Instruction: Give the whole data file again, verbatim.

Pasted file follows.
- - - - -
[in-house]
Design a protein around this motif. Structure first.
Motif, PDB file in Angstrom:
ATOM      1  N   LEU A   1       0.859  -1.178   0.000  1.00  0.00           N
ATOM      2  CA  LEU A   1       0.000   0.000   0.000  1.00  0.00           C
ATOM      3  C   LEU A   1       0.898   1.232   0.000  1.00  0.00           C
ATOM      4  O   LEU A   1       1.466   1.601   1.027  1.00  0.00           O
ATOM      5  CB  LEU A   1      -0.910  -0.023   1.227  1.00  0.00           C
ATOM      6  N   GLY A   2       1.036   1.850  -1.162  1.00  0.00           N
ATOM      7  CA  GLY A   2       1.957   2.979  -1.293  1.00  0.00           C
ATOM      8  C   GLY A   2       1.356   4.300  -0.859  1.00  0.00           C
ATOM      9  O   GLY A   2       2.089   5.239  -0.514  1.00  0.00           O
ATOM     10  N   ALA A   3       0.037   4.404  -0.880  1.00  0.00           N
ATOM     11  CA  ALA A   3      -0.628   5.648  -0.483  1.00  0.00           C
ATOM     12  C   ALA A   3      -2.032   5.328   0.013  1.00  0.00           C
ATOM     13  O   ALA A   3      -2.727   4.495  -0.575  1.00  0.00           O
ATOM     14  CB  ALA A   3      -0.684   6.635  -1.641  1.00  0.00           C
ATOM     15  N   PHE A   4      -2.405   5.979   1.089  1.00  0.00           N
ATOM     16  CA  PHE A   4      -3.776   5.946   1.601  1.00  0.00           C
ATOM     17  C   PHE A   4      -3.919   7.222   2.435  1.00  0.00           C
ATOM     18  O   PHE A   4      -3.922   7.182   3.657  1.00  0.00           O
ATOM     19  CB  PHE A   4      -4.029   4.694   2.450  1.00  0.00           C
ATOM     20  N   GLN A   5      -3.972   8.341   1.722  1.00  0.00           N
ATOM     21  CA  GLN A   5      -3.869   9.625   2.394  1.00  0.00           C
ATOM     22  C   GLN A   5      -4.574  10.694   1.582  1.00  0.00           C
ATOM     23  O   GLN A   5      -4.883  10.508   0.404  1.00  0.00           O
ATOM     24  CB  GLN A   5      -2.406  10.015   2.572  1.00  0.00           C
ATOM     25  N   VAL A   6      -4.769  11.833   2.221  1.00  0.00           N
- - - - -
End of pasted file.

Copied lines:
[in-house]
Design a protein around this motif. Structure first.
Motif, PDB file in Angstrom:
ATOM      1  N   LEU A   1       0.859  -1.178   0.000  1.00  0.00           N
ATOM      2  CA  LEU A   1       0.000   0.000   0.000  1.00  0.00           C
ATOM      3  C   LEU A   1       0.898   1.232   0.000  1.00  0.00           C
ATOM      4  O   LEU A   1       1.466   1.601   1.027  1.00  0.00           O
ATOM      5  CB  LEU A   1      -0.910  -0.023   1.227  1.00  0.00           C
ATOM      6  N   GLY A   2       1.036   1.850  -1.162  1.00  0.00           N
ATOM      7  CA  GLY A   2       1.957   2.979  -1.293  1.00  0.00           C
ATOM      8  C   GLY A   2       1.356   4.300  -0.859  1.00  0.00           C
ATOM      9  O   GLY A   2       2.089   5.239  -0.514  1.00  0.00           O
ATOM     10  N   ALA A   3       0.037   4.404  -0.880  1.00  0.00           N
ATOM     11  CA  ALA A   3      -0.628   5.648  -0.483  1.00  0.00           C
ATOM     12  C   ALA A   3      -2.032   5.328   0.013  1.00  0.00           C
ATOM     13  O   ALA A   3      -2.727   4.495  -0.575  1.00  0.00           O
ATOM     14  CB  ALA A   3      -0.684   6.635  -1.641  1.00  0.00           C
ATOM     15  N   PHE A   4      -2.405   5.979   1.089  1.00  0.00           N
ATOM     16  CA  PHE A   4      -3.776   5.946   1.601  1.00  0.00           C
ATOM     17  C   PHE A   4      -3.919   7.222   2.435  1.00  0.00           C
ATOM     18  O   PHE A   4      -3.922   7.182   3.657  1.00  0.00           O
ATOM     19  CB  PHE A   4      -4.029   4.694   2.450  1.00  0.00           C
ATOM     20  N   GLN A   5      -3.972   8.341   1.722  1.00  0.00           N
ATOM     21  CA  GLN A   5      -3.869   9.625   2.394  1.00  0.00           C
ATOM     22  C   GLN A   5      -4.574  10.694   1.582  1.00  0.00           C
ATOM     23  O   GLN A   5      -4.883  10.508   0.404  1.00  0.00           O
ATOM     24  CB  GLN A   5      -2.406  10.015   2.572  1.00  0.00           C
ATOM     25  N   VAL A   6      -4.769  11.833   2.221  1.00  0.00           N